On any given weekend, I might be skiing in France, Andorra, Spain, Austria, Germany or Italy - and in any of those places, people from all over have headed south (or north) to the mountains. Even here in France, it is not a given the person sitting next to you speaks French, let along English (except in Val d'Isere :-) ). I think that is one particular primary reason people don't strike up conversations.

Plus, in the Pyrenees, even when you do speak French or Spanish or Catalan - the accents are so wacked out that you may not understand anyway :-)

But generally, nothing against talking.
 
#11
I've found people to chat with on the lift all over, both destination resorts and places that are mainly for locals. In the last decade, been skiing in the southeast, Mid-Atlantic, northeast, and Rockies (UT, WY, MT). At the same time, there are also people who are clearly not interested in conversation. Can often tell up front. Although if I'm bored and want to engage, most of the time I can start at least a short conversation to pass the time.

I've gotten more interested in starting conversations at Alta/Snowbird in recent years. Mostly to see if I can learn something about conditions around the mountain. Do it even when skiing with my ski buddy.
 

mahgnillig

Ski Diva Extraordinaire
#12
The topic of conversation this season in Tahoe had been the lack of snow. I can almost always find something to say about that!
 
#13
Californians tend to be excellent at small talk in general so chatting on the lift is fairly common. I always start with a "how's your day going?" type of opening and most people respond. We have one local friend that we met in the parking lot and usually text when we are up so we can meet up for a few runs. I rarely ski with people I meet on the lift. Conversation usually ends at the unload with a "enjoy your day."
 
#14
As opposed to thinking 'what do you want from me' every time someone strikes up a convo like I used to heh)
I know I behave differently when on ski trips than when I do in the city. I actually loaned my new smartphone to a total stranger on the bus at Sun Valley once. No way in hell would I have done that on my commuting bus! (My bus is kinda rough). And I strike up conversations with people on the SV bus too, whereas I avoid eye contact at all costs on my home bus.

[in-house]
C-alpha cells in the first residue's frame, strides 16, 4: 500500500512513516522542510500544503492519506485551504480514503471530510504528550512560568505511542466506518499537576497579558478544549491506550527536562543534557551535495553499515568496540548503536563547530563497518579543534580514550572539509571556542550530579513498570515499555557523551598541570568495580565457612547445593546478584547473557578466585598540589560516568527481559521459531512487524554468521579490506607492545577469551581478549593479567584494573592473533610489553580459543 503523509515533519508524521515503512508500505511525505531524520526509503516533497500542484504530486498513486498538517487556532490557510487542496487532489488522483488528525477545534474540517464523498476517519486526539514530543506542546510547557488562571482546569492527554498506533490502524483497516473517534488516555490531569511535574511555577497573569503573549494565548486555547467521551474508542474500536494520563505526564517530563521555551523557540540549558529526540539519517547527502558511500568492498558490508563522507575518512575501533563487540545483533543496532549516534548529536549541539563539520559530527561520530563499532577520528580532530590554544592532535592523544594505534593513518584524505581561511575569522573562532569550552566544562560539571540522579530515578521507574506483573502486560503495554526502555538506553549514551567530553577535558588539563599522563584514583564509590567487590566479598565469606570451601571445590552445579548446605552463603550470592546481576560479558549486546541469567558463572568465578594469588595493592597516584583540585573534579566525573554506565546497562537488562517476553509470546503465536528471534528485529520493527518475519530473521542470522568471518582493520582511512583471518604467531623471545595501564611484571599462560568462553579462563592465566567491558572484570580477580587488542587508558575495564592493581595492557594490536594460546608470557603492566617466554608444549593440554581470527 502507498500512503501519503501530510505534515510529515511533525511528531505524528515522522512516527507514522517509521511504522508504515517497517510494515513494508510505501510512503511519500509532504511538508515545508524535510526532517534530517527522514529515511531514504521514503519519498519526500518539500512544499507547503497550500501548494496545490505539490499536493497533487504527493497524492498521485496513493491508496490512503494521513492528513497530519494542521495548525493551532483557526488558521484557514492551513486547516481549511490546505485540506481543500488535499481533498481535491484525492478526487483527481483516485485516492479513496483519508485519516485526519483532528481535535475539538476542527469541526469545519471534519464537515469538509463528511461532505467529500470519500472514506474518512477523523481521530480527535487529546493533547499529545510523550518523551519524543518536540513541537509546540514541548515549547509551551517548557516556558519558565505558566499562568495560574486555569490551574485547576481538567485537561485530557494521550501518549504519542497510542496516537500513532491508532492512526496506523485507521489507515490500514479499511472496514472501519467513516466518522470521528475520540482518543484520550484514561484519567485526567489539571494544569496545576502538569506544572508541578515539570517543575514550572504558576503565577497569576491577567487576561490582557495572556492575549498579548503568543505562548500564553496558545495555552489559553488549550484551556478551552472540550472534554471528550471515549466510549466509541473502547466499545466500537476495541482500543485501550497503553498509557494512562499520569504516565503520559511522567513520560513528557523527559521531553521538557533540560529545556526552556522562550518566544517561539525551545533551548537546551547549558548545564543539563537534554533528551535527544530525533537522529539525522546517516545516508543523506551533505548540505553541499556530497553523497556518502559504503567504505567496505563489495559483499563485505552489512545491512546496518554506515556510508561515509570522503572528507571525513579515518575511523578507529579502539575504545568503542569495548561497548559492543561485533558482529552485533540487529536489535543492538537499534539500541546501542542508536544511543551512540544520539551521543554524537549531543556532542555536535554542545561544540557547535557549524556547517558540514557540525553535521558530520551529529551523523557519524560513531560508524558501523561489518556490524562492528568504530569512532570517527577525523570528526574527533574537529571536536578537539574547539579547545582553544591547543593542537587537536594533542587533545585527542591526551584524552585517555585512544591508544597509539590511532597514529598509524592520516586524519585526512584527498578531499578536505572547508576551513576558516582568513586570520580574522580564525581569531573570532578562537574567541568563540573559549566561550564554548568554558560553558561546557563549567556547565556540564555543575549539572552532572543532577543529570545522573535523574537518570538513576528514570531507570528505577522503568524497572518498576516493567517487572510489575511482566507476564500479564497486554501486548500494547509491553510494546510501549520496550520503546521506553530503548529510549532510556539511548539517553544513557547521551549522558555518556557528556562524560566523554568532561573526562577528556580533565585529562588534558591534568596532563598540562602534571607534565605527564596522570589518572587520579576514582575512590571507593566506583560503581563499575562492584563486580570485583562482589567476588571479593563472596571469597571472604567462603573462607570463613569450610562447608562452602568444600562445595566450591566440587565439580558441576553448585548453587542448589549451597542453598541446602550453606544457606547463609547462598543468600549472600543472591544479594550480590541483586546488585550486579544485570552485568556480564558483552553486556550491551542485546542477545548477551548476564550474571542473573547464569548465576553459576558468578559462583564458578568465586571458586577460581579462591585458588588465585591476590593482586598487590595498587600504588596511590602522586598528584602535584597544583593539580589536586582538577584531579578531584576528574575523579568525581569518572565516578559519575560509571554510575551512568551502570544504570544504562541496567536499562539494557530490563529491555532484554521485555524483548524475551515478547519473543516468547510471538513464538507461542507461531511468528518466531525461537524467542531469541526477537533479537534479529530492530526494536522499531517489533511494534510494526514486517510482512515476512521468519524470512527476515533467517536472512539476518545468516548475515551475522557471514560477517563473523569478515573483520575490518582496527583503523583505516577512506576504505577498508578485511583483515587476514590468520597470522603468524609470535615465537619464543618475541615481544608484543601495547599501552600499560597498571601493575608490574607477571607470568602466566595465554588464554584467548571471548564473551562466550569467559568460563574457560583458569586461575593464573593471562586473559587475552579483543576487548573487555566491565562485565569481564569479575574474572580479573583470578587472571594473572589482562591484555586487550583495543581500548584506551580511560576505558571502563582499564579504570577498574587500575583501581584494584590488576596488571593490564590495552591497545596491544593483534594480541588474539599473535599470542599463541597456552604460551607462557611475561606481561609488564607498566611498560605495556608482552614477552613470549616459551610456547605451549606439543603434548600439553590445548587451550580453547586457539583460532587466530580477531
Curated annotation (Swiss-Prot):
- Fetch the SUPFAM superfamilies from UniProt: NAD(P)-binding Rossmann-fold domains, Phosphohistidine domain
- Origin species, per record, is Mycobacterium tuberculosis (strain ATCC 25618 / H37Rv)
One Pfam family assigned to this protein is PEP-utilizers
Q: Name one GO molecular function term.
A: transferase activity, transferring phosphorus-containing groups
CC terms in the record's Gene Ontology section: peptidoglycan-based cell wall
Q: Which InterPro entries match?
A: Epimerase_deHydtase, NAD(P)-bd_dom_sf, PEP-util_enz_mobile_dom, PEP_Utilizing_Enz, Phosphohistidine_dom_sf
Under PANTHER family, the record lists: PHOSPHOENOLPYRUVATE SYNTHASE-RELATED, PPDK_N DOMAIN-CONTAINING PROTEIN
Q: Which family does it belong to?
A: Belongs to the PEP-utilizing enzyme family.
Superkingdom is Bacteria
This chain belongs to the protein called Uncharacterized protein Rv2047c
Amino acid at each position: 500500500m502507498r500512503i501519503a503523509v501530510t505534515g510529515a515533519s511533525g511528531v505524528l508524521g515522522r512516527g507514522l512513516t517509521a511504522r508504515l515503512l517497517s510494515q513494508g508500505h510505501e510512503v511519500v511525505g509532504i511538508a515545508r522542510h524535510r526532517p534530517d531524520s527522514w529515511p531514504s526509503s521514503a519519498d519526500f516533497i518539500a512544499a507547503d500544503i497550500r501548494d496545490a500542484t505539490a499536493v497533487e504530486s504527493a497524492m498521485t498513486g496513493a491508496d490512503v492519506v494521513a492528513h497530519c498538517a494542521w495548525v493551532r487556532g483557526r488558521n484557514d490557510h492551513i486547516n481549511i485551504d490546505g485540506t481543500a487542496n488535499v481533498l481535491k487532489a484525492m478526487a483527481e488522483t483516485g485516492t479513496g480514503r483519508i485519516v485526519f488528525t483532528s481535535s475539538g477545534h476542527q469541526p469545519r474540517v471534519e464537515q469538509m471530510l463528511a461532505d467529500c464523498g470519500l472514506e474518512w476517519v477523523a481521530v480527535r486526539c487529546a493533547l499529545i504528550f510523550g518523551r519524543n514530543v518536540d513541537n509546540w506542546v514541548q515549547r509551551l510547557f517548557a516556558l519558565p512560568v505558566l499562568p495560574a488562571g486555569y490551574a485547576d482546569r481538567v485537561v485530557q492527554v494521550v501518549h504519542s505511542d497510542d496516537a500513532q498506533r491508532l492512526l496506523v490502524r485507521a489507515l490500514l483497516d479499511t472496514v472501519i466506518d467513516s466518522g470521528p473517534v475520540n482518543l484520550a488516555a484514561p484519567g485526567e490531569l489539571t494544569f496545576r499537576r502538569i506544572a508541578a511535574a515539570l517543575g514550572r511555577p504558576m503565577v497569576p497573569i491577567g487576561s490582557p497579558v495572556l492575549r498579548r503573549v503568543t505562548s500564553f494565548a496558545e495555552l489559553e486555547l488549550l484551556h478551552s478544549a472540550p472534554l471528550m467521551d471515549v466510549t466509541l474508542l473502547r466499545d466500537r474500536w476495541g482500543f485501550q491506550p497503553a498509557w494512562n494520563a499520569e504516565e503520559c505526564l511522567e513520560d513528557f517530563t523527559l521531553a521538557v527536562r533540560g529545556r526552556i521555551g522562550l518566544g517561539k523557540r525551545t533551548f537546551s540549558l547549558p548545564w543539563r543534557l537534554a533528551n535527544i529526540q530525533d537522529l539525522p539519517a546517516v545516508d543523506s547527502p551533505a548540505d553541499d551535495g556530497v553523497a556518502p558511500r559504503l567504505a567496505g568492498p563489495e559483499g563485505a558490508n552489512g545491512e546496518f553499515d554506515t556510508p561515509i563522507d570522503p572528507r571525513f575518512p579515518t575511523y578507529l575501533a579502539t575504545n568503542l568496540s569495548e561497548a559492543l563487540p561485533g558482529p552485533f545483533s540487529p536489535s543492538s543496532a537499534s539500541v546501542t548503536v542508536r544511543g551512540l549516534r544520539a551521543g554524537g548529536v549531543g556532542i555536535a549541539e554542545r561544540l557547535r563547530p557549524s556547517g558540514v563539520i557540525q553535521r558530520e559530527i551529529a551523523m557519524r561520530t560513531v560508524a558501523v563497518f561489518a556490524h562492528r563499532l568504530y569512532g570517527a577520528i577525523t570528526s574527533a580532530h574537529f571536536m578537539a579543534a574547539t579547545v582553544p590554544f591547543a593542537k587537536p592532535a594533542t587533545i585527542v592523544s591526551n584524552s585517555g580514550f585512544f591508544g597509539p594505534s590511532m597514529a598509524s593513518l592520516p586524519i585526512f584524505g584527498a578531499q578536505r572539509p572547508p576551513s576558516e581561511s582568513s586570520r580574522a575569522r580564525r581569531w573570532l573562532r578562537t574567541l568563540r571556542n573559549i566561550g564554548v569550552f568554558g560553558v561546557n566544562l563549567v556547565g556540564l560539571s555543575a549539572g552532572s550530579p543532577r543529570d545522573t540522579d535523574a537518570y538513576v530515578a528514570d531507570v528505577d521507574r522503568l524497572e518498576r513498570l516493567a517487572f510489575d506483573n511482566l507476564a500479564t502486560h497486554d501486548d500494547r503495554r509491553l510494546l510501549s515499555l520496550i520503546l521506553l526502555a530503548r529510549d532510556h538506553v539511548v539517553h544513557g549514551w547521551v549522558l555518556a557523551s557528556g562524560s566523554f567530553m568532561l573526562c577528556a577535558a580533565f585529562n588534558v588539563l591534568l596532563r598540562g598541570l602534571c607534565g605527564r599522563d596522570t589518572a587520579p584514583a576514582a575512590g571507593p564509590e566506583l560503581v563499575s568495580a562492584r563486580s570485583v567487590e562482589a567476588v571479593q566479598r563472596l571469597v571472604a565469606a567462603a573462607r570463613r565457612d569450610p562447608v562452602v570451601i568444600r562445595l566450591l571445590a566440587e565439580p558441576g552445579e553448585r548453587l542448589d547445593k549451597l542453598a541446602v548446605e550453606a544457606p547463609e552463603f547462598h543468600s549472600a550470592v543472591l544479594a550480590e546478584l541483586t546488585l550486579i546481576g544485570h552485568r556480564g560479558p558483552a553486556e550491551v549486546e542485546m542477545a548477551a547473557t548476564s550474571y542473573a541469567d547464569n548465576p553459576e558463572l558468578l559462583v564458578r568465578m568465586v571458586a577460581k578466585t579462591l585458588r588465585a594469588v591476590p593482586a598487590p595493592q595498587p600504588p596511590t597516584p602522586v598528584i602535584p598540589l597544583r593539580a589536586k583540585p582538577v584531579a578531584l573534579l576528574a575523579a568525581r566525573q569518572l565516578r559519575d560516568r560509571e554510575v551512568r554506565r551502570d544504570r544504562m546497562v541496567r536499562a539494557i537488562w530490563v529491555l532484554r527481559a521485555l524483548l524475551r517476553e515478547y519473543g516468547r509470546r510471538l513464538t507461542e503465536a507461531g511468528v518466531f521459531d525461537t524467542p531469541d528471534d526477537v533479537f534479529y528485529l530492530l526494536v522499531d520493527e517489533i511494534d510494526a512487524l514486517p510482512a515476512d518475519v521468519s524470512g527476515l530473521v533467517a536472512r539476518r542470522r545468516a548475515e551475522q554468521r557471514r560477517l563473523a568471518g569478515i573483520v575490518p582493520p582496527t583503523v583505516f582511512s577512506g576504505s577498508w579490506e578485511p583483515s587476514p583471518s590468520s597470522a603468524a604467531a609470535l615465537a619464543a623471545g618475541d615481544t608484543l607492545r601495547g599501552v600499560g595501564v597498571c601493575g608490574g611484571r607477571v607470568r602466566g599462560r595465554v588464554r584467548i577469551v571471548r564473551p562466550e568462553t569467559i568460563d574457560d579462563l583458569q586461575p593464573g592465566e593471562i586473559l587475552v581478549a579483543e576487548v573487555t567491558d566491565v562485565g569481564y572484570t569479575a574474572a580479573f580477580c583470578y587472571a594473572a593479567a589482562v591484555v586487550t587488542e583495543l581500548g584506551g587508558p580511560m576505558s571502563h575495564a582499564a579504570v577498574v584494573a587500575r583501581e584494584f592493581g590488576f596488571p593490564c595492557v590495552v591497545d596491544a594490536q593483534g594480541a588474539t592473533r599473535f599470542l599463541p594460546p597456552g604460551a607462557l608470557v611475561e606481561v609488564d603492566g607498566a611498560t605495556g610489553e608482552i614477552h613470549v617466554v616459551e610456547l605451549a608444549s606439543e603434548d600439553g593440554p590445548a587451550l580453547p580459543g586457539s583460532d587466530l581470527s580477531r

#15
I know I behave differently when on ski trips than when I do in the city. I actually loaned my new smartphone to a total stranger on the bus at Sun Valley once. No way in hell would I have done that on my commuting bus! (My bus is kinda rough). And I strike up conversations with people on the SV bus too, whereas I avoid eye contact at all costs on my home bus.
For sure it's the vacationing difference. I once hung out in Central Park in NYC with a guy who called himself T-Bone. No way I would have done that in CA.
 

volklgirl

Ski Diva Extraordinaire
#16
With 3 minute lift rides, it's hard to get too in-depth, but everyone here is either really chatty or jamming to tunes. I could be either, depending on the day. When I'm skiing alone, I'm more likely to keep to myself and just sing, but when there's a group of us, we always chat with vacationers and non-locals.
 

just jane

Ski Diva Extraordinaire
#17
I usually chat with folks on the lift, especially when I'm skiing solo. When DH and I are together, we're probably a little less likely to converse with others but I'd say the ratio is when I'm solo - 90% of the time I chat if people are amenable, when I'm with DH, it's maybe 50-60% of the time I/we'll talk to the others. Funny - I'm an introvert. It feels a bit awkward though to just sit there.

Last Saturday the funniest thing happened - I hopped on a chair with 3 snowboarders who were riding together - all guys. They were all probably mid-20s and umm, pretty stereotypical, I hate to say. One of them forgot or didn't realize I was on there, or didn't realize I was female, and the conversation quickly got ... interesting. Finally I leaned over and said, "You do realize there's a female here, don't you?" He didn't. He was really embarrassed. I told him I was going to report to my friends that guys really do talk about that stuff.
 
#18
Always. I really can’t remember, in 14 years, a time when people didn’t want to at least share a few friendly words here at Sugarloaf. But it’s a friendly place - and people seem genuinely glad to be up here in the middle of (usually freezing) nowhere.

Although some conversations get quite muffled by copious face coverings and masks.
 

iamOshawott

Certified Ski Diva
#19
Very interesting! I do find people here in the PNW are "colder" compared to Californians. BF moved from CA to WA a couple years ago and also complained about "Seattle Freeze". Even though I ski Whistler, I still find that people tend to stay away from the conversations. My ski camp instructor tried to get people to talk to her, it was just awkwarrrrrrrrrrrrrrrrrd.

Sometimes when it's cold, I just want to sit there and not do anything, talking included!